Paul Parmar’s Colts Neck, NJ mega mansion has gone into foreclosure. The estate, which is located at 19 Colts Gait Lane, was built by Polo Master Builders. Parmar is the founder of Pegasus Blue Star Fund and also a film producer. The lavish estate boasts a main house and an entertainment annex attached to the main house by an underground tunnel. Amenities include an indoor swimming pool, 2-lane bowling alley, wine cellar, gym, home theater, tennis court and 2 outdoor swimming pools (one of them being saltwater and surrounded by imported sand). According to PropertyShark.com, Paul owes $26.3 million on the property. The foreclosure case was brought by Deutsche Bank, which held a $23 million mortgage on the compound.

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  • Stigo

    What a huge mortgage, on a home this big




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  • george

    I don’t see it being worth half of what is owed.




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  • WrteStufLA

    I looked up the address on Google Maps satellite view — interesting how the estate, as built, is just as massive as in this rendering, but build in a far different layout.




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  • Daniel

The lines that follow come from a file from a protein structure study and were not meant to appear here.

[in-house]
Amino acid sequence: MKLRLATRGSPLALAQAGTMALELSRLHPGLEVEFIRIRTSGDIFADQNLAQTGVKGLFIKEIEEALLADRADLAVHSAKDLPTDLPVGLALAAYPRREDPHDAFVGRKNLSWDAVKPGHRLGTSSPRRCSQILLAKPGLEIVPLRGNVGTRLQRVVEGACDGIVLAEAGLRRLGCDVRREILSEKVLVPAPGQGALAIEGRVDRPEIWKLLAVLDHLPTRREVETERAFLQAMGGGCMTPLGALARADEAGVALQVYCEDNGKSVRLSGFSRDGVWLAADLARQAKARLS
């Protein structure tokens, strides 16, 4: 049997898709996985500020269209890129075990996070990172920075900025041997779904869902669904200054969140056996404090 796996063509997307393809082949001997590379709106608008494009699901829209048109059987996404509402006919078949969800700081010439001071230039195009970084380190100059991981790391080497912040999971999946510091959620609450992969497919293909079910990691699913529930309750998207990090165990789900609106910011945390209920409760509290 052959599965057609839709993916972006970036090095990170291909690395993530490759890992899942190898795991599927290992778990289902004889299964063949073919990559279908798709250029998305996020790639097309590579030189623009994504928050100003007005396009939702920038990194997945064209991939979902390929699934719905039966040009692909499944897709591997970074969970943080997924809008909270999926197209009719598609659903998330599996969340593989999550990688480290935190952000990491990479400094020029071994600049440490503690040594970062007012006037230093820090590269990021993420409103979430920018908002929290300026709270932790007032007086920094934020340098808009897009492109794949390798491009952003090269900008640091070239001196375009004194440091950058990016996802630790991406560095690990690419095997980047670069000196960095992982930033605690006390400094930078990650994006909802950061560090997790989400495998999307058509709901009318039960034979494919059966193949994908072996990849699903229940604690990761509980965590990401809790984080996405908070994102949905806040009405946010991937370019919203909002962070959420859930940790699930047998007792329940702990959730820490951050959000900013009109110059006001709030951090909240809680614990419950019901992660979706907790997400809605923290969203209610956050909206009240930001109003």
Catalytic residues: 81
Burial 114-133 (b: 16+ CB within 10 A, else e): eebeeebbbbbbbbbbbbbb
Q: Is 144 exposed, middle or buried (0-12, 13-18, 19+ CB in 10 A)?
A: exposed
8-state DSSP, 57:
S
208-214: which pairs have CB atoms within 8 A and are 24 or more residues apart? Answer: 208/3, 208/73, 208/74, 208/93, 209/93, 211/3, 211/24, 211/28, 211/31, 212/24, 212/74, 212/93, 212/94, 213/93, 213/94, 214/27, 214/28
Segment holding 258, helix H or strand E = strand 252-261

There is some beautiful mill work in the house. Kitchen is very strange though. Exterior design is pretty boring. I do like the jogging track around the perimeter.




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  • Barney

    LOVE like CRRRRRAZEE that YET ANOTHER revoltingly overdone, ghastly over-sized, indescribably wasteful “single family” HOTEL has bit the financial dust. The former owners immeasurable ego, greed and materialism have finally seen their end. The entire place is horrible.




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  • Grrrowler

    I think it’s an attractive enough house from the outside, but I wish the wooded setting had been left wooded; there were no large trees left near the house. Beyond that, it’s ridiculously large and just another monument to one person’s ego that may well become a white elephant.




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    • Doug

      i live right around the corner from this house and can at least say the one positive thing this guy did was not tear down many trees, the woods you see immediately behind his house are a town park. There is actually a trail that backs right up to his property and you can see the whole house pretty much. The land his house on was previously a horse farm.




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  • mak

    I’m kind of sick of this site at this point. Its not Kenny’s fault. He’s just showing houses, but the more I see, the more I’m revolted.

    This house is a case in point. So much excess consumption, and for what. Who could possibly ever enjoy a property like this in the face of so much pain suffered by so many; not only here in the US, but all over the world. I could not live with myself.